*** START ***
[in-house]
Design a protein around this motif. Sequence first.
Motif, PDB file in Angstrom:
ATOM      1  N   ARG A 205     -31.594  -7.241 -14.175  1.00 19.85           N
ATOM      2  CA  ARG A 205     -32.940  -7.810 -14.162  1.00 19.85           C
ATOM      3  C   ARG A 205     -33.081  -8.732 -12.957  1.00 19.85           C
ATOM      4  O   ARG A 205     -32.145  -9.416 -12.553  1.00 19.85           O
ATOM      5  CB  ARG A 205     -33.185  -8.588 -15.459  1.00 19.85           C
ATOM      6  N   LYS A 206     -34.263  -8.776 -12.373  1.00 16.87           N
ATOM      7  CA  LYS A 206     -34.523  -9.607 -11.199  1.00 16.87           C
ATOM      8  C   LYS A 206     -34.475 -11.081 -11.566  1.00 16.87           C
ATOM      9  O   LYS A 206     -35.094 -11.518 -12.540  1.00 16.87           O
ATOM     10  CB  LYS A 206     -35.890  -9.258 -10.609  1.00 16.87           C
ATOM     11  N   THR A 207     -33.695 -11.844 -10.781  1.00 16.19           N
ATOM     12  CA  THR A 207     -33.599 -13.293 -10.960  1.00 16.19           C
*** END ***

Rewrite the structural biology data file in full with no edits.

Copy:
[in-house]
Design a protein around this motif. Sequence first.
Motif, PDB file in Angstrom:
ATOM      1  N   ARG A 205     -31.594  -7.241 -14.175  1.00 19.85           N
ATOM      2  CA  ARG A 205     -32.940  -7.810 -14.162  1.00 19.85           C
ATOM      3  C   ARG A 205     -33.081  -8.732 -12.957  1.00 19.85           C
ATOM      4  O   ARG A 205     -32.145  -9.416 -12.553  1.00 19.85           O
ATOM      5  CB  ARG A 205     -33.185  -8.588 -15.459  1.00 19.85           C
ATOM      6  N   LYS A 206     -34.263  -8.776 -12.373  1.00 16.87           N
ATOM      7  CA  LYS A 206     -34.523  -9.607 -11.199  1.00 16.87           C
ATOM      8  C   LYS A 206     -34.475 -11.081 -11.566  1.00 16.87           C
ATOM      9  O   LYS A 206     -35.094 -11.518 -12.540  1.00 16.87           O
ATOM     10  CB  LYS A 206     -35.890  -9.258 -10.609  1.00 16.87           C
ATOM     11  N   THR A 207     -33.695 -11.844 -10.781  1.00 16.19           N
ATOM     12  CA  THR A 207     -33.599 -13.293 -10.960  1.00 16.19           C